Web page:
PBI-Canada’s Paul Bocking reports on his field visit to Mexico
Toronto-based Peace Brigades International-Canada Board of Directors member Paul Bocking recently travelled to Mexico. This is his report:
On Tuesday, June 25, I met with Virry Schaafsma, the advocacy coordinator for PBI-Mexico, and representatives of several international and Mexico-based human rights groups (including Oxfam, UNHCR, CNDH, PRODESC, PODER, etc) at 4 am, at the Mexico City airport.
The team of about a dozen of us drove for four hours into the countryside to the small community of Ixtacamaxtitlán, in rural Puebla, through beautiful landscapes of small farms, rolling hills, mountains and rivers.
We were to monitor a community information meeting convened by the Mexican ministry of the environment (SEMARNAT), where a Canadian mining company would promote a proposed mining development, and residents would have an opportunity to ask questions, and potentially deliver comprehensive presentations in response.
The Canadian company, Almaden Minerals Ltd (which goes by the name Minera Gorrion in Mexico), had already begun exploration (i.e., drilling activities) despite the contested nature of its permit.
The company has not acknowledged claims by Indigenous communities in the area, which should legally require a higher level of informed consent to development.
Many residents are also concerned about the project’s potential to contaminate their water systems, and the general environmental consequences in an area that’s both very biodiverse, and with lots of existing human activity (farming, etc).
Our concern at the meeting was that opponents of the mine would have the opportunity to voice their concerns and not be threatened by the mine company or its supporters.
When we arrived at the meeting hall, we could see that roughly half of the 1400 attendees were wearing yellow hats and t-shirts distributed by the company that said, ‘Yes to the mine, yes to jobs’.
We were sure to be as visible as possible, introducing ourselves to the police (whom we later learned had some relationship with the company – feeding them during the day, and had arranged for their presence), government officials and the company reps themselves.
The meeting began with a 45-minute PowerPoint presentation by the company, first emphasizing the jobs that purportedly would be created and the taxes paid, and then entering into detail on the protection of animals, forests and water systems.
Next, 24 people who had registered earlier, each delivered a five-minute presentation. Many were grad students, some were with local groups and NGOs. Around 20 were critical of the mine. Their presentations ranged from the highly technical, with 3D presentations of projected rainfall, and a level of detail that made the audience’s eyes glaze over, to very hard hitting.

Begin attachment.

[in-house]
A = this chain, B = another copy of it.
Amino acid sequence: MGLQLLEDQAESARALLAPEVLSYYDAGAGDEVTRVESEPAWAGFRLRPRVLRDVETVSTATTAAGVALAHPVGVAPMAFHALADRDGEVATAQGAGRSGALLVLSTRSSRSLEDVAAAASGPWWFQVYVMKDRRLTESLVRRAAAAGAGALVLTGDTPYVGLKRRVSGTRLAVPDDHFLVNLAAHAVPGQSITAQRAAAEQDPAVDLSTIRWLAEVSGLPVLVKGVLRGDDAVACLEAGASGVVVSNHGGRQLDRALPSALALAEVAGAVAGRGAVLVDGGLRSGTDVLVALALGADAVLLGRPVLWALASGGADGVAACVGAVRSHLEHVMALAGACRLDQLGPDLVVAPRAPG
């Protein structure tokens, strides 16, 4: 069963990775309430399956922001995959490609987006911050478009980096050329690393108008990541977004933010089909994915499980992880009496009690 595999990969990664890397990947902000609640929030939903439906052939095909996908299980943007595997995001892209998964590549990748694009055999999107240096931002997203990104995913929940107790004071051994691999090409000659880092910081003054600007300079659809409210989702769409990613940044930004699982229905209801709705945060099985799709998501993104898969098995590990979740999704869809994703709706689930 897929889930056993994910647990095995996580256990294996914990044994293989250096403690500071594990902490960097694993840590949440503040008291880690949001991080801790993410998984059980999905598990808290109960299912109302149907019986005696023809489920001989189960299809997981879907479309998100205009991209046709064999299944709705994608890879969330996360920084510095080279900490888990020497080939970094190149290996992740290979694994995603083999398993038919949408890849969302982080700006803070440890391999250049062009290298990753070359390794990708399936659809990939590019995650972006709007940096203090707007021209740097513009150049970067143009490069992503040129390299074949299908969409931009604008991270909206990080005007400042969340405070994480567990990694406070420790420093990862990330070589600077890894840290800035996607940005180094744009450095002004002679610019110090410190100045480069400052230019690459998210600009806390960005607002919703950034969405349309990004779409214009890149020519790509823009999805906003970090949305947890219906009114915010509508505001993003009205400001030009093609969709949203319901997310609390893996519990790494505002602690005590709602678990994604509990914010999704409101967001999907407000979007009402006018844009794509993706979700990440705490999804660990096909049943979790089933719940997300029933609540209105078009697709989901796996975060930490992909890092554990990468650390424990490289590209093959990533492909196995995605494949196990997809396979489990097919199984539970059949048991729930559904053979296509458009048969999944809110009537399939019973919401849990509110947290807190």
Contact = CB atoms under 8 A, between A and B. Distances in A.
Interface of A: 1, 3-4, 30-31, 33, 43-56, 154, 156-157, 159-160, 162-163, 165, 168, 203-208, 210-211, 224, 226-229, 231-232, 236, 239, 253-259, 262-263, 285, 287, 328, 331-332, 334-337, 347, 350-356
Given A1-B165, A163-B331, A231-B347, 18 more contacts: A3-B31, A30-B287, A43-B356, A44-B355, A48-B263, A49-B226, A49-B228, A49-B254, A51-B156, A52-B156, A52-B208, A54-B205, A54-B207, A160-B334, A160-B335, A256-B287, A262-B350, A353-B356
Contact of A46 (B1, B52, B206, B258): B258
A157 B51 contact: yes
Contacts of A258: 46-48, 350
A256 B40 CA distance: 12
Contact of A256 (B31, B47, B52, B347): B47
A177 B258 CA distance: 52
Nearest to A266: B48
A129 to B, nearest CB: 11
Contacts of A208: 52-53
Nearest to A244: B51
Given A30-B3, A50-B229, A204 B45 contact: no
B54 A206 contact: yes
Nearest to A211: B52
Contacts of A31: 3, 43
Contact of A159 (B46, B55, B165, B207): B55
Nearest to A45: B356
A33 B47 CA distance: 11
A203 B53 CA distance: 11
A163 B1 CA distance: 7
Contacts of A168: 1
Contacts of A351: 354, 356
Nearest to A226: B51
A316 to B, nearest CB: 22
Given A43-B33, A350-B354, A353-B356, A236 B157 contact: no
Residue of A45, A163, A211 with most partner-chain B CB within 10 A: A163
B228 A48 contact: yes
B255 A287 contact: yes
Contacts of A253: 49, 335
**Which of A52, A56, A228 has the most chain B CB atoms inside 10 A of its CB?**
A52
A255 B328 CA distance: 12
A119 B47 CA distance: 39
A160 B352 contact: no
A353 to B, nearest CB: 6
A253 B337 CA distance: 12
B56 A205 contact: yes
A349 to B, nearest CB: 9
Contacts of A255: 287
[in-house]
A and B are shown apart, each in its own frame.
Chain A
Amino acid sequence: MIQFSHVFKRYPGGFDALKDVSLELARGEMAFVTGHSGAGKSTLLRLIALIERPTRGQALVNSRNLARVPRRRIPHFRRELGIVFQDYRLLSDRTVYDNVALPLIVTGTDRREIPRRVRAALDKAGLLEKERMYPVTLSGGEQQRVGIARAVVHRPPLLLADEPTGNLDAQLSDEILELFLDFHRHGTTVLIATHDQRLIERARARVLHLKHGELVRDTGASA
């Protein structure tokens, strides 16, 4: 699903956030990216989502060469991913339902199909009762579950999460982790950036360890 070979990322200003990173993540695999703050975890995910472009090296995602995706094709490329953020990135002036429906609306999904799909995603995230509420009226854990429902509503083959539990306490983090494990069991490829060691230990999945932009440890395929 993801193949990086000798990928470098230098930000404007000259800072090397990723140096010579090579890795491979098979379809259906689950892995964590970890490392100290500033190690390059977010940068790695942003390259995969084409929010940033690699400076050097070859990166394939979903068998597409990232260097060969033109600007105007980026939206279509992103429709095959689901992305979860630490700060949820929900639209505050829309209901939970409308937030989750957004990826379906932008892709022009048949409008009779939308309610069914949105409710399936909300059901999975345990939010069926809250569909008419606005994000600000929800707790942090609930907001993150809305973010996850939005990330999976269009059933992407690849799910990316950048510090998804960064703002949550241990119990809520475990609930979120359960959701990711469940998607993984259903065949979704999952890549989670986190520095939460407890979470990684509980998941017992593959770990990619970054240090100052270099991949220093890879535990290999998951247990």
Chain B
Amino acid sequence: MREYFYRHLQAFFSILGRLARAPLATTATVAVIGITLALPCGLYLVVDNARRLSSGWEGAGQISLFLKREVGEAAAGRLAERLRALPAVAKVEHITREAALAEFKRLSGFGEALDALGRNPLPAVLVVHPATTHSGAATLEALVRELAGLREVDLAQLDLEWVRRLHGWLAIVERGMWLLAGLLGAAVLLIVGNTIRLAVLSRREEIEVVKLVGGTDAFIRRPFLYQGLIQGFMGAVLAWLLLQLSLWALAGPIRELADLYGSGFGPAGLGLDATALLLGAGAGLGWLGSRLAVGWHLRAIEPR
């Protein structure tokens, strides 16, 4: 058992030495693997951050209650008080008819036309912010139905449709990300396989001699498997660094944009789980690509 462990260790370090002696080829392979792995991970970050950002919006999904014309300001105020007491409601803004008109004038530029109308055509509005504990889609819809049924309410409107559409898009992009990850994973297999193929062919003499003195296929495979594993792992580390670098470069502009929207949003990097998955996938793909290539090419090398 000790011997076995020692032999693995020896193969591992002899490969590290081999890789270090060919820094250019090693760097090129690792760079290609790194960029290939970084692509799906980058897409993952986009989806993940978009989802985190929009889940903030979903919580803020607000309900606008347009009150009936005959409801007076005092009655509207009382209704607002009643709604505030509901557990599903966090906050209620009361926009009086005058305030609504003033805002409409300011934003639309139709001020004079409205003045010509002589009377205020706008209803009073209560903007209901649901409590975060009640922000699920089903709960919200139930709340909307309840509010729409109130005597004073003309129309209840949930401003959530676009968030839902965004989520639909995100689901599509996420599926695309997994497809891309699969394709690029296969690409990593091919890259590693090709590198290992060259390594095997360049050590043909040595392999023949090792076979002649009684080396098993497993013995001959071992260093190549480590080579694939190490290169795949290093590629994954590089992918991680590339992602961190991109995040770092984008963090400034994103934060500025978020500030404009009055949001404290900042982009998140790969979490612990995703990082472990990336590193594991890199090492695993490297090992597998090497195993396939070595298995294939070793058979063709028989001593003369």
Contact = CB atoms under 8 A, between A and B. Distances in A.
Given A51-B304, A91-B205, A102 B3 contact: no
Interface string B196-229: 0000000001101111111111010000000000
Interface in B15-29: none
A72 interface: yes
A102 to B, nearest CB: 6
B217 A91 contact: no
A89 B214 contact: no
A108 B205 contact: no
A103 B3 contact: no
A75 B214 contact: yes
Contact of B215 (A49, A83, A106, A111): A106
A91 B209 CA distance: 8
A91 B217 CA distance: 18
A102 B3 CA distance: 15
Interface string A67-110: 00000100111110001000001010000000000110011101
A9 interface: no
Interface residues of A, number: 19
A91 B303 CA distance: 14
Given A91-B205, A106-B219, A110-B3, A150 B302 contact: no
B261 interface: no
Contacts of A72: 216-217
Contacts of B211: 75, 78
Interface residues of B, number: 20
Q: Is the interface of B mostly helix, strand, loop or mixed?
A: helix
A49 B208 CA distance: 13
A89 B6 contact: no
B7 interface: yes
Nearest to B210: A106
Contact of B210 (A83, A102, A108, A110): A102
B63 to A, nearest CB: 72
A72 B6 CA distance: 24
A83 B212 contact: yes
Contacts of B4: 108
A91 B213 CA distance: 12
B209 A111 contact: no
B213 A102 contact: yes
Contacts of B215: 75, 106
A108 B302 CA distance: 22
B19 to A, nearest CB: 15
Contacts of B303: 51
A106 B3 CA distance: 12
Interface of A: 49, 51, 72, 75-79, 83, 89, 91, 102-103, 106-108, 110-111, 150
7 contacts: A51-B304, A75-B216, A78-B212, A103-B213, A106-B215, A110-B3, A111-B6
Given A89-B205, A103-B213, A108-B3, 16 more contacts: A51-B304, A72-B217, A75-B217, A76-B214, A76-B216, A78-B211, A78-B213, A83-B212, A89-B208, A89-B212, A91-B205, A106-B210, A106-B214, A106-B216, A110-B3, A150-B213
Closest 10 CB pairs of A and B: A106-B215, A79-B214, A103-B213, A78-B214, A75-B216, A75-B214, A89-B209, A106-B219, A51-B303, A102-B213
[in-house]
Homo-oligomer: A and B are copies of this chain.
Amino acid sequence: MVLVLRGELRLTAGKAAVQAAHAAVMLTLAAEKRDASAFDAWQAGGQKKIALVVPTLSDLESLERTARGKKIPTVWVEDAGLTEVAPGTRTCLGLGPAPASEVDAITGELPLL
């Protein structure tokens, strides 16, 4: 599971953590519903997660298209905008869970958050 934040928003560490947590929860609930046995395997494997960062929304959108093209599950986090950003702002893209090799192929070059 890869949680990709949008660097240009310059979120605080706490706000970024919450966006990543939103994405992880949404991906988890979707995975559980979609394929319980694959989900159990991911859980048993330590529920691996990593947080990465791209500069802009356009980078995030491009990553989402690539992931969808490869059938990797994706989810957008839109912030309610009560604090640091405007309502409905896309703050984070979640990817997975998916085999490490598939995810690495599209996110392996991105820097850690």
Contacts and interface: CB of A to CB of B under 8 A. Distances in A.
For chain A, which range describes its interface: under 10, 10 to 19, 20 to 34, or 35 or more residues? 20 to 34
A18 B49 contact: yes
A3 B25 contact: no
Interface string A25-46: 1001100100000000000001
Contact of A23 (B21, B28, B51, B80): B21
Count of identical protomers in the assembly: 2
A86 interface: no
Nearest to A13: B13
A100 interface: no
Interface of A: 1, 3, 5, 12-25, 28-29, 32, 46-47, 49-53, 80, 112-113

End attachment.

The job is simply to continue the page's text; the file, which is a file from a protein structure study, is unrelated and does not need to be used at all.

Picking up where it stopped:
The most provocative projected photos of mining disasters elsewhere in Mexico, and illnesses from exposure to toxic chemicals. “Is this what you want?” leading opponents to shout “No!” while supporters generally booed and heckled. The presenter closed stating, “Enjoy your t-shirts and free sandwiches, because that’s all you’re going to get from this company!” The hall erupted in cheers and jeers. I was briefly worried a big fight would break out.
On the other hand, we also heard a memorable presentation from a college of mining and metallurgy, titled ‘Mining in our lives’. The mining rep asked people to pull out their cell phones and look up at the steel beams holding up the ceiling: “The products of mining are all around us!” (his presentation was censured by SEMARNAT, who told him this didn’t count as an informative deputation). A rep from an explosives company began, “The history of dynamite starts in the 16th Century…”
During the course of these presentations, it was my impression that many of the yellow t-shirts and hats began to disappear. Wearing them also did not prevent one from clapping for opponents of the mine.
We later heard that people had been paid 150 pesos and the promise of a meal to visibly support the mine. Others were told they had to show up, if they wanted to get a job there in the future. Of the thousand or so people remaining in the hall, it really appeared that there were a few dozen very vocal supporters of the mine. Overall, it was a fascinating day.
The following Friday, June 28, I met at the offices of the Comite Cerezo in Mexico City, which was formed in the late 1990s to campaign for the release of political prisoners. It’s since been known for delivering human rights training to NGOs and political groups, and more recently, engaging in labour rights advocacy.
Alfonso Cerezo described some of their work supporting subcontracted custodians who clean Mexico City’s high schools. The workers were endeavouring to unionize, but the company pressured them to join a fake company-controlled union. Others were fired or didn’t have their contracts renewed. Unfortunately, this is very common in Mexico. A legal campaign continues.
The Comite Cerezo has received threats over the years from various authorities due to their advocacy work, hence PBI’s accompaniment.
I was proud to see the great work of PBI-Mexico, and glad to have met Virry.
Paul Bocking is a lecturer in labour studies at McMaster University and geography at the University of Toronto, and an elected local officer of the Ontario Secondary School Teachers’ Federation. He studies labour internationalism, geographies of labour, and teachers’ work in Canada, the US and Mexico.